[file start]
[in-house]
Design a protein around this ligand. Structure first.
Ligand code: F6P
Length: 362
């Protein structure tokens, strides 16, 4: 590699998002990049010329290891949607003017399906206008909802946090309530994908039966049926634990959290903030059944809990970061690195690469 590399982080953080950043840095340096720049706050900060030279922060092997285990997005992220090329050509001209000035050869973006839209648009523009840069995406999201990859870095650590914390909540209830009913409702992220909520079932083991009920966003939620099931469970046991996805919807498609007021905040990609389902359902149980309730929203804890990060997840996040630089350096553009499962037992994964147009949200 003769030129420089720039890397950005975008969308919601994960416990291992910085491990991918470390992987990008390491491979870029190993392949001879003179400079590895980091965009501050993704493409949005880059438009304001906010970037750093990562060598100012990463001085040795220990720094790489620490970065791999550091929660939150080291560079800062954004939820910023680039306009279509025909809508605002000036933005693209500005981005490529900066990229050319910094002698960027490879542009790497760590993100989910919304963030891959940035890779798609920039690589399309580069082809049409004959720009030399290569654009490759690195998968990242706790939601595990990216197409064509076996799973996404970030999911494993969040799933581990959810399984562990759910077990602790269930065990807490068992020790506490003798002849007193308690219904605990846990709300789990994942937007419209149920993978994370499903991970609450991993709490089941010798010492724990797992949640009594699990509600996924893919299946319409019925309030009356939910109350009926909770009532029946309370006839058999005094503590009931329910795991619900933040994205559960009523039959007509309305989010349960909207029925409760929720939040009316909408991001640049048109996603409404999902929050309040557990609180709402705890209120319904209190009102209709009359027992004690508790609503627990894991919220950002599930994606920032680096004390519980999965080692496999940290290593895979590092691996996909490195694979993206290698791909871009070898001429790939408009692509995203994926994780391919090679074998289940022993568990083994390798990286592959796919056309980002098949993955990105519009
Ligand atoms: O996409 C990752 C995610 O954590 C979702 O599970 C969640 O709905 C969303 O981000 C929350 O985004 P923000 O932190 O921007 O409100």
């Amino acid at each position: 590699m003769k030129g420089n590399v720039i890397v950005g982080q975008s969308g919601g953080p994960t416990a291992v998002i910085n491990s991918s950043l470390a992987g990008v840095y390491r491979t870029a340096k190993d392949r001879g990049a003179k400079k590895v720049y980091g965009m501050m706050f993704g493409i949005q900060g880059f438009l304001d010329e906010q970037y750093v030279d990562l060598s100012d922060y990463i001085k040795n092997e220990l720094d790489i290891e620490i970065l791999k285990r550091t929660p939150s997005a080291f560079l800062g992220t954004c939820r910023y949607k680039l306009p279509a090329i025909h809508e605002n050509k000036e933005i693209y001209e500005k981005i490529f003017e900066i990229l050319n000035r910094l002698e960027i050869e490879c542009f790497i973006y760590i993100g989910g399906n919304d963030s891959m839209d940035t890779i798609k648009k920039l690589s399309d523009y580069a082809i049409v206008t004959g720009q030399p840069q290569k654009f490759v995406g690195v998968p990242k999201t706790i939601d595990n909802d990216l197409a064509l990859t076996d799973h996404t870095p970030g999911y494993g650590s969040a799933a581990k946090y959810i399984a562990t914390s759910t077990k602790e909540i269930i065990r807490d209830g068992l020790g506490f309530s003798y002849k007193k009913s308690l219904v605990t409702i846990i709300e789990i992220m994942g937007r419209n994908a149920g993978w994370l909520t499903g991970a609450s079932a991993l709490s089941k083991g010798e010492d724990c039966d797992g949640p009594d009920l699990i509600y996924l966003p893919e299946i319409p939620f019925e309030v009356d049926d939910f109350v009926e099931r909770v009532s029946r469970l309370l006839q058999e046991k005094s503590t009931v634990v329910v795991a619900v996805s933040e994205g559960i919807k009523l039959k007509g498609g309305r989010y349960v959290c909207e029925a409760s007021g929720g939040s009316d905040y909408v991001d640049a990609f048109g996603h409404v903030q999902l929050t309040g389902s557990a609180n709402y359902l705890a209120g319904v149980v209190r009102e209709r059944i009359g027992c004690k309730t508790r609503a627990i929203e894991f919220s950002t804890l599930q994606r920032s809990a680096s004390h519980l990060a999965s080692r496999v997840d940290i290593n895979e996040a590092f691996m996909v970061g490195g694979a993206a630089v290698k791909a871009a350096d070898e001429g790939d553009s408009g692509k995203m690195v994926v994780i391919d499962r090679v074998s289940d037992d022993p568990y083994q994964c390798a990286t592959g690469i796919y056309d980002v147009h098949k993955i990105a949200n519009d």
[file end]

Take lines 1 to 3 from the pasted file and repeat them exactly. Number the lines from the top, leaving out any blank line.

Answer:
[in-house]
Design a protein around this ligand. Structure first.
Ligand code: F6P